To obtain drawback, first prepare a drawback proposal (statement) and file it with a Regional Commissioner of Customs for section 1313(a) drawback and with the Entry Rulings Branch, Customs headquarters, for other types of drawback, including combination 1313(a) and (b) drawback.
There are currently several general drawback contracts available (orange juice, steel, sugar, component parts, and greige goods) which eliminate the need for submission of a proposal. These have been published in the Customs Bulletin and Decisions with instructions as to the procedure for adhering to them.
A simple drawback proposal to serve as a model may be obtained from regional commissioners for section 1313(a) drawback. For other types of drawback, including combination 1313(a) and (b), write to: U.S. Customs Service, Entry Rulings Branch, 1301 Constitution Ave., NW, Franklin Court, Washington, D.C., 20229, or call 202-482-7040. The U.S. Customs Service also maintains an Internet site at http://www.customs. ustreas.gov.
The approval of section 1313(a) proposal takes the form of a letter from a Regional Commissioner of Customs to the applicant. The approval of a section 1313(b) drawback proposal takes the form of a letter from U.S. Customs Service headquarters to the Regional Commissioner of Customs where the applicant will file claims. The applicant receives a copy of this letter. Synopses of all contracts are published in the Customs Bulletin and Decisions The proposal and approval together are called a drawback contract or drawback rate.
If the manufacturer desires to have his contract (rate) changed in any way, he should file a new proposal (statement) and the procedure is the same as above.
Completion of Drawback Claims
Claims must be filed within three years after the exportation of the articles. To prevent tolling by the statute of limitations, a claim may be filed before a drawback contract (rate) is effective, although no payments will be made until the contract is approved. For completion of same condition
It is necessary for a drawback claimant to establish that the articles on which drawback is being claimed were exported within five years after importation of the imported merchandise which is the basis for the drawback. In the case of same condition drawback, the time period for exportation is three years after importation. There are three methods which can be used to do so, and these are described in sections 191.51 through 191.56 of the Customs Regulations. Before exporting, a future claimant should make certain that he is taking the necessary steps to comply with one of these procedures.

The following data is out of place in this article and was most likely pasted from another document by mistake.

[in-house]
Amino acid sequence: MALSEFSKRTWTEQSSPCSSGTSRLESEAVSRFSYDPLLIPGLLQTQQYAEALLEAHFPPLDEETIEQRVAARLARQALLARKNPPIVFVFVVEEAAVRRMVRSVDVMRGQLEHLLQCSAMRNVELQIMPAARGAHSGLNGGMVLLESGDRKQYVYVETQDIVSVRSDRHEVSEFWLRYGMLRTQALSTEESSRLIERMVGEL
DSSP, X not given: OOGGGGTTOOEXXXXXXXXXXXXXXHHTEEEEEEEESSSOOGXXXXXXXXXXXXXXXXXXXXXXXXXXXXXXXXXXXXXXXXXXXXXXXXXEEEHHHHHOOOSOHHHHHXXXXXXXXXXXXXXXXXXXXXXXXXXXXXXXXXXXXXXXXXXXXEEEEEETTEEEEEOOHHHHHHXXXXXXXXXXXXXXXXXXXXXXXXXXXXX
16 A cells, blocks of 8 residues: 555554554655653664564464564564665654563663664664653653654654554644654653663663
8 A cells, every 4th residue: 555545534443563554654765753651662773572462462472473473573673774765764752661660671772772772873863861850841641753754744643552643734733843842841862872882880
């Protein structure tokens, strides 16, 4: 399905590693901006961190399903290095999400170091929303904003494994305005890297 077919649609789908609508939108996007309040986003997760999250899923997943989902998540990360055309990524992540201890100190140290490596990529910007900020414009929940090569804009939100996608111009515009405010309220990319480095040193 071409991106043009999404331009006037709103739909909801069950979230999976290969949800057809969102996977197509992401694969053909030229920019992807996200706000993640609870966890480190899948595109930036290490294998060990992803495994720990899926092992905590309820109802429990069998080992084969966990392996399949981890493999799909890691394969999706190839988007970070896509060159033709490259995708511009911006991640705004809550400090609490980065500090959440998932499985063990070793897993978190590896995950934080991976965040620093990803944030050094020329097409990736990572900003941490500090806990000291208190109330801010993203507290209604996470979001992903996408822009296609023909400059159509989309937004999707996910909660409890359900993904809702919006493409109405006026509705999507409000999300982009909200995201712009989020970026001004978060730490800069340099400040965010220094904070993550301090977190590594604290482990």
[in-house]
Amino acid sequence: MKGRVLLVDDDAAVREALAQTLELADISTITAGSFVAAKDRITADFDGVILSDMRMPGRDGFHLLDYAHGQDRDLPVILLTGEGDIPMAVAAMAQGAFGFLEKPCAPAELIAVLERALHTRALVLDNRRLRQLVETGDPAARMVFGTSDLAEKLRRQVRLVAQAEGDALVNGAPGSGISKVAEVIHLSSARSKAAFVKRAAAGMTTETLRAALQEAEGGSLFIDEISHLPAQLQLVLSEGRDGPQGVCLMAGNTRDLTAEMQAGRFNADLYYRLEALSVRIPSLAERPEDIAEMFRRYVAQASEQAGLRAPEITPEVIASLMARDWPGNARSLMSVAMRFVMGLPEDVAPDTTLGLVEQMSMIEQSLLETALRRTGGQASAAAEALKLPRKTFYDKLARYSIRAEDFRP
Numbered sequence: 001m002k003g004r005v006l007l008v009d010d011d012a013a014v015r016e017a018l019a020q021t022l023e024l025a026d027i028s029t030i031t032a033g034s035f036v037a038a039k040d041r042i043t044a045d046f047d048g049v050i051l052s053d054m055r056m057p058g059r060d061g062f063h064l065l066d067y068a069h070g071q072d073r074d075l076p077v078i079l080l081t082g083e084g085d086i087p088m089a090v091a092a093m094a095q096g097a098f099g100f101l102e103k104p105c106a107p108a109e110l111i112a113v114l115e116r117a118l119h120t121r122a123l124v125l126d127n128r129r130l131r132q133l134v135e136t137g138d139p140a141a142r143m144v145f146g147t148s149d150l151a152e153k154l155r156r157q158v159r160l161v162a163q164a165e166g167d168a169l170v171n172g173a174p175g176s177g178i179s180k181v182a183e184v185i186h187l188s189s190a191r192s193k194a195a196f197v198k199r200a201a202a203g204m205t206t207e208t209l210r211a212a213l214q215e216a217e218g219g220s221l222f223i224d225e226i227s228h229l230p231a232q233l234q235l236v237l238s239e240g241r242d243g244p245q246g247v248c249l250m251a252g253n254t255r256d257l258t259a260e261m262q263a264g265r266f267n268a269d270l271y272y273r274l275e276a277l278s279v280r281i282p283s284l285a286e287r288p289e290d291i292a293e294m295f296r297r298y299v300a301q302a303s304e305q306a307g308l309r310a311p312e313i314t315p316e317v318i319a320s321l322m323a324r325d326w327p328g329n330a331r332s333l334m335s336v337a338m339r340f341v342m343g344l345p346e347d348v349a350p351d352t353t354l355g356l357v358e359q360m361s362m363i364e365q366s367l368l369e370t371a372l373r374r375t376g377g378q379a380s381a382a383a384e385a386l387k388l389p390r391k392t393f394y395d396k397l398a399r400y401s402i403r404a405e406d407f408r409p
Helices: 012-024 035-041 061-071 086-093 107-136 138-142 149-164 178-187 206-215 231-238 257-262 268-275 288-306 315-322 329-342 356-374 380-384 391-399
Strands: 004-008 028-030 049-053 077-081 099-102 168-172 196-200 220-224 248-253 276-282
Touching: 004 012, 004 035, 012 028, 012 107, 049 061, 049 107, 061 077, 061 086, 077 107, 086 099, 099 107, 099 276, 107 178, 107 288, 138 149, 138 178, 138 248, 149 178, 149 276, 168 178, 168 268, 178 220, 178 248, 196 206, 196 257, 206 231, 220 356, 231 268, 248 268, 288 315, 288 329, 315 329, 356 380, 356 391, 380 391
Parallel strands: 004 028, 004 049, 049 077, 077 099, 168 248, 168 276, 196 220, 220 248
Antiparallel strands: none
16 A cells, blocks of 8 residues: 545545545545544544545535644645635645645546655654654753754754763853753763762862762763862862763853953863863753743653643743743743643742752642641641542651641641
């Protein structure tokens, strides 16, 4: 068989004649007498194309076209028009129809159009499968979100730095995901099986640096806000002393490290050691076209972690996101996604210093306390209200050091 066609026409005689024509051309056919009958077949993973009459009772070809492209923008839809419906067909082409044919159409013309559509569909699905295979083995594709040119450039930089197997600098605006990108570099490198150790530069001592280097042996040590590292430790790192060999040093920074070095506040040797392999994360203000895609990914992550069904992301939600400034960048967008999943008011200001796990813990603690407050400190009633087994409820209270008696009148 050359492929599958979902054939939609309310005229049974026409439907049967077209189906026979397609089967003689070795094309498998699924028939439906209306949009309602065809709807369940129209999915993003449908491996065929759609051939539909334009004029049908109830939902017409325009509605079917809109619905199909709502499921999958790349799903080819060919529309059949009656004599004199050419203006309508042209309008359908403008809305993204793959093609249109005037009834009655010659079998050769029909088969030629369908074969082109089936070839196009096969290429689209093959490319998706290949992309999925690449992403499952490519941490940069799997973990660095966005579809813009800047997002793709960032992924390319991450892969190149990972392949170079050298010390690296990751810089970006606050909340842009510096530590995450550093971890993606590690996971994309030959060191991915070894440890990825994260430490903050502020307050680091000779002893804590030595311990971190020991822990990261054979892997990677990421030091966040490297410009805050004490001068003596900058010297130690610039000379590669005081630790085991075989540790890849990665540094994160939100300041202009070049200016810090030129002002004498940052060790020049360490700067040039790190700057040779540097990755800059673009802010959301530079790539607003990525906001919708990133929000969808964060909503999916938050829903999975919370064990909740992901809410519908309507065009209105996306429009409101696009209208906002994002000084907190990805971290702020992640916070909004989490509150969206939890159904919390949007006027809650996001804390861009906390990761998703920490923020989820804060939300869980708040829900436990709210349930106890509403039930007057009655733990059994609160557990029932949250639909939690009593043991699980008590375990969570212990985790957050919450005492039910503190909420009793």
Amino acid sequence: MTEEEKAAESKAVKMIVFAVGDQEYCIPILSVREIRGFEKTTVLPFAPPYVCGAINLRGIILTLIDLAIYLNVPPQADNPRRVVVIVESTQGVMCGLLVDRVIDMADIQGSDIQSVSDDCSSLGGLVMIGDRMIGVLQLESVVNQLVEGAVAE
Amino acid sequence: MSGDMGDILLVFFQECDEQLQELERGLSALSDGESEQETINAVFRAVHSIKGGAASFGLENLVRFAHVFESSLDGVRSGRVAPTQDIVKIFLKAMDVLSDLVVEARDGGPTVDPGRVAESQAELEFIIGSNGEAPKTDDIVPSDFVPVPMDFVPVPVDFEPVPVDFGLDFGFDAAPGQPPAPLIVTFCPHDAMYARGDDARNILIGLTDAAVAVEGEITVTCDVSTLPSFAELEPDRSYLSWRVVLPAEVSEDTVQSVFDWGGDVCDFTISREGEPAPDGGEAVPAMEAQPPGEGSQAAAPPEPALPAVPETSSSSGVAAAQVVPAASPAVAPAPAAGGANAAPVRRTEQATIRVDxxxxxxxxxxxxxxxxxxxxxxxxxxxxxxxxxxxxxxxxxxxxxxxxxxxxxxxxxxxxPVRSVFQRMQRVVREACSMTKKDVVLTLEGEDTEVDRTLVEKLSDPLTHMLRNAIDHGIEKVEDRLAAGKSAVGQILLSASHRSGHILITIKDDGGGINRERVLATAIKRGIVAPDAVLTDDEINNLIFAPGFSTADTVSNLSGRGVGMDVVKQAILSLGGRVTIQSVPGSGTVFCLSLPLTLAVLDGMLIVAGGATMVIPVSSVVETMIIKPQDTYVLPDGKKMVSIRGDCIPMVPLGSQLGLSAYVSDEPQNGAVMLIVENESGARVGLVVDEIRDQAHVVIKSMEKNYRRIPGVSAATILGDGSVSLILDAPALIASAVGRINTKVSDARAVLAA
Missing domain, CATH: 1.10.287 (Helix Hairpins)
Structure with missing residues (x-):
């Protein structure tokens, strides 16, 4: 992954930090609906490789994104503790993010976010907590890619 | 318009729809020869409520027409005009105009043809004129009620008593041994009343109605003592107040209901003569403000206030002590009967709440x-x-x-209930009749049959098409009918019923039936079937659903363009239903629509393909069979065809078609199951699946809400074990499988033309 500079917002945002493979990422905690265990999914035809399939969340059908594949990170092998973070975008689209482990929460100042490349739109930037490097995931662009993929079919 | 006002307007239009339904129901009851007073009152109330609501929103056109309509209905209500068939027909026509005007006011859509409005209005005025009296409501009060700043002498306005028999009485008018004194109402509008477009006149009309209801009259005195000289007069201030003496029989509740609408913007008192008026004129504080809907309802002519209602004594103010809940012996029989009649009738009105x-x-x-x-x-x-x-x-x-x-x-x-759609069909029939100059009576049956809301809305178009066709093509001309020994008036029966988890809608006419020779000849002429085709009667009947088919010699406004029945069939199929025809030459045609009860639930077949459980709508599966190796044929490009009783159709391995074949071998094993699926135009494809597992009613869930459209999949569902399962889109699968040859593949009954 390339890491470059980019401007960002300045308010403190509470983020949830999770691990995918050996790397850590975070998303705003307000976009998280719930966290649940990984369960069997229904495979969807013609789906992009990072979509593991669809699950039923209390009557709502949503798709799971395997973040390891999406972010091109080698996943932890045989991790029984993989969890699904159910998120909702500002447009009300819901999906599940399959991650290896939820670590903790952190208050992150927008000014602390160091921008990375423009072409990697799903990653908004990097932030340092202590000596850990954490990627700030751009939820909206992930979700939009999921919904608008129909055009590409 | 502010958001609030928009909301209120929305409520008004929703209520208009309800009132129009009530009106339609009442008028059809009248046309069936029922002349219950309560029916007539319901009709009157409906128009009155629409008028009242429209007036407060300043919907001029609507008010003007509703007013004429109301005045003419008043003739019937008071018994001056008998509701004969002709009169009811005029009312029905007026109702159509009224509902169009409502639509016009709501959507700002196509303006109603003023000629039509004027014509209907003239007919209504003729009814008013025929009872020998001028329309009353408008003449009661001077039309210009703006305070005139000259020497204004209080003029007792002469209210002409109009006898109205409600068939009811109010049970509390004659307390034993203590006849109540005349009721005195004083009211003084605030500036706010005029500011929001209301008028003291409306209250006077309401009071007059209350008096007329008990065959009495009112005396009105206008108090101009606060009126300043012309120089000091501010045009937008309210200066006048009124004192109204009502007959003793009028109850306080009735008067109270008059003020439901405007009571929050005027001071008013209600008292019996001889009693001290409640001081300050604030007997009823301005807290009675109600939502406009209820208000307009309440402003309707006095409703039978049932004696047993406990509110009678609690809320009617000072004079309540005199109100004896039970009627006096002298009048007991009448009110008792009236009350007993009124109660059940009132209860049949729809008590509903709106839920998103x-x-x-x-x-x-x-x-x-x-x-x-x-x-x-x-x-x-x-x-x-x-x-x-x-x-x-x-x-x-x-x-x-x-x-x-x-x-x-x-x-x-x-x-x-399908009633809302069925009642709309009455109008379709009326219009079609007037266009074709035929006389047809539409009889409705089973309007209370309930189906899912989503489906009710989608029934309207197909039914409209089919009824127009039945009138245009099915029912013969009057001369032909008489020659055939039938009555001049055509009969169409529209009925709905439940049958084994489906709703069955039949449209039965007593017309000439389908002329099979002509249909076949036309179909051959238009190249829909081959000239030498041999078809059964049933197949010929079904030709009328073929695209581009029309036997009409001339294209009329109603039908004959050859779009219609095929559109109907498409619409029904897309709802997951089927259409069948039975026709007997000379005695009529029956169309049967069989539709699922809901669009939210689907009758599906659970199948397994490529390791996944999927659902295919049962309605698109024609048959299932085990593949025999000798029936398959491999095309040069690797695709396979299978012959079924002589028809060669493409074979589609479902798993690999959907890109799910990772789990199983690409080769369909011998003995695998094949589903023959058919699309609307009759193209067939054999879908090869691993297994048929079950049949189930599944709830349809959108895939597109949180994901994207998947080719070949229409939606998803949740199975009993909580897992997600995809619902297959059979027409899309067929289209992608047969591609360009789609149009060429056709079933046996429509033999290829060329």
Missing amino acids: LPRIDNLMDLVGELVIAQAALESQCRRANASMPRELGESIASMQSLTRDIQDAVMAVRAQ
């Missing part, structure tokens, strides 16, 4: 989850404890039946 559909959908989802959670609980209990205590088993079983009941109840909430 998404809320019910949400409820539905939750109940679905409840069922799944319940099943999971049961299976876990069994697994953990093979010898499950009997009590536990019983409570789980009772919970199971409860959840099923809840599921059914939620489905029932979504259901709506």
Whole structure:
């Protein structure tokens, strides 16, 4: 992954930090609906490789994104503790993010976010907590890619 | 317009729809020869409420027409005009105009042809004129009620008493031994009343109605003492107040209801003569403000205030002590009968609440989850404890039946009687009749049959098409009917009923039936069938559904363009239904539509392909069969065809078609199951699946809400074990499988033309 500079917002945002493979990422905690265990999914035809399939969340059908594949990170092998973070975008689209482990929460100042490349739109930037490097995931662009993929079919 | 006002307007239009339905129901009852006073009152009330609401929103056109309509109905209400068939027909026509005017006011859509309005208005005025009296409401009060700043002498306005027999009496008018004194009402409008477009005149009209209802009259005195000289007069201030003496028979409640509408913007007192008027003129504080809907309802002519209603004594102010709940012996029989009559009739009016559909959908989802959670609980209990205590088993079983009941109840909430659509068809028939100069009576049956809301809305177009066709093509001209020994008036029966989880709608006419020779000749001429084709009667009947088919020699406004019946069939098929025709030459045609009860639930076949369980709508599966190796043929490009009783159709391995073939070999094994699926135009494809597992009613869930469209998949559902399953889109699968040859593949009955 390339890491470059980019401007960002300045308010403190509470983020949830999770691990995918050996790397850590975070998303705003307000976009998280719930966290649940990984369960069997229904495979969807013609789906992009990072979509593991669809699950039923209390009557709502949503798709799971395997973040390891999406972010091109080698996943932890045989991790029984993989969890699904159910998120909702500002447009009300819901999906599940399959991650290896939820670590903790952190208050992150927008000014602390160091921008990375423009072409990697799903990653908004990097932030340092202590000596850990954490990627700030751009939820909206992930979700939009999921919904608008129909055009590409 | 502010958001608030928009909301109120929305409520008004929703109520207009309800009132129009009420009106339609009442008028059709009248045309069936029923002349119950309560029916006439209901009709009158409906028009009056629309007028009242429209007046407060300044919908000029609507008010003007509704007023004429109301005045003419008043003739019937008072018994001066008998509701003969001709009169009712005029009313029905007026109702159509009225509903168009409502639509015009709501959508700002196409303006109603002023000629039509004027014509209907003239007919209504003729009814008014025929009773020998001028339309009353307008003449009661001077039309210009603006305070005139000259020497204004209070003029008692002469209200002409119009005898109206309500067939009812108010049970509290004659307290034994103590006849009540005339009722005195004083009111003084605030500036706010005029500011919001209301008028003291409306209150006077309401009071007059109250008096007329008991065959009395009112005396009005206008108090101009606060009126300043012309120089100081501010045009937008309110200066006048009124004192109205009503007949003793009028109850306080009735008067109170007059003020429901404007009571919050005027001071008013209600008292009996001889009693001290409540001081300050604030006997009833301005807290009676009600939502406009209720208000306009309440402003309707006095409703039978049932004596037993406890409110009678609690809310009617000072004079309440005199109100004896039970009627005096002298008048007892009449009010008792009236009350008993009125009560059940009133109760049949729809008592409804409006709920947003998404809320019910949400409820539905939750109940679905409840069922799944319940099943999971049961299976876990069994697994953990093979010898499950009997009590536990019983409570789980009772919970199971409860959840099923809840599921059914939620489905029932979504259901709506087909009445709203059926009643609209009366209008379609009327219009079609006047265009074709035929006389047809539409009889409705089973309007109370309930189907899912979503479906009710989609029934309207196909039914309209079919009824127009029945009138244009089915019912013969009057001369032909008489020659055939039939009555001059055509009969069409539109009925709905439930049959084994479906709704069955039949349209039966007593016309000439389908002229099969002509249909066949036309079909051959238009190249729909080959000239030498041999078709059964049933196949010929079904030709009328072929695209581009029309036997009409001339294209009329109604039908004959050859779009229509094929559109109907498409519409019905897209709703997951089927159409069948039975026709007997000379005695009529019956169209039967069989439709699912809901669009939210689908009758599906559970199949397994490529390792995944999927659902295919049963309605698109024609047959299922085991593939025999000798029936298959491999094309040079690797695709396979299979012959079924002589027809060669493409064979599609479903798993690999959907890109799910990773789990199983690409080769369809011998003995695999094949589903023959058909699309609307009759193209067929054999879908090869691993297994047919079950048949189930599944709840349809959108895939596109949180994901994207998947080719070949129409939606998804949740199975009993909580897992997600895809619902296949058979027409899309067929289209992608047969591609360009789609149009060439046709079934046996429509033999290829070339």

Export of qualified U.S.-made petroleum products may be shown by matching production at a specific refinery with exports of qualified petroleum of the same kind and quality that occur within 180 days after the refinery produced the designated petroleum product.
Export of qualified imported petroleum products may be shown by matching the amount imported with exports of qualified petroleum products of the same kind and quality that occur within 180 days after the import (section 1313(p) drawback).
Payment of Claims
When a claim has been completed by the filing of all required documents, the entry will be liquidated by the Regional Commissioner of Customs to determine the amount of drawback due. Drawback is payable to the exporter unless the manufacturer reserves to himself the right to claim the drawback.
Accelerated payment of drawback under certain conditions is authorized by section 192.72 of the Customs Regulations. Accelerated payment generally will ensure that a claimant will receive his drawback no later than two months after he files a claim. Accelerated drawback currently applies to same condition drawback.
Effect of the North American Free Trade Agreement
The North American Free Trade Agreement (NAFTA) provisions on drawback will apply to goods imported into the United States and subsequently exported to Canada on or after January 1, 1996. The NAFTA provisions on drawback will apply to goods imported into the United States and subsequently exported to Mexico on or after January 1, 2001.
Under the NAFTA, the amount of Customs duties that will be refunded, reduced, or waived is the lesser of the total amount of Customs duties paid or owed on the finished good in the NAFTA country to which it is exported, for purposes of sections 1313(a), (b), (f), (h), and (g).
No NAFTA country, on condition of export, will refund, reduce, or waive the following: antidumping or countervailing duties, premiums offered or collected pursuant to any tendering system with respect to the administration of quantitative import restrictions, tariff rate quotas or trade preference levels, or a fee pursuant to section 22 of the U.S. Agricultural Adjustment Act. Moreover, same condition substitution drawback was eliminated as of January 1, 1994.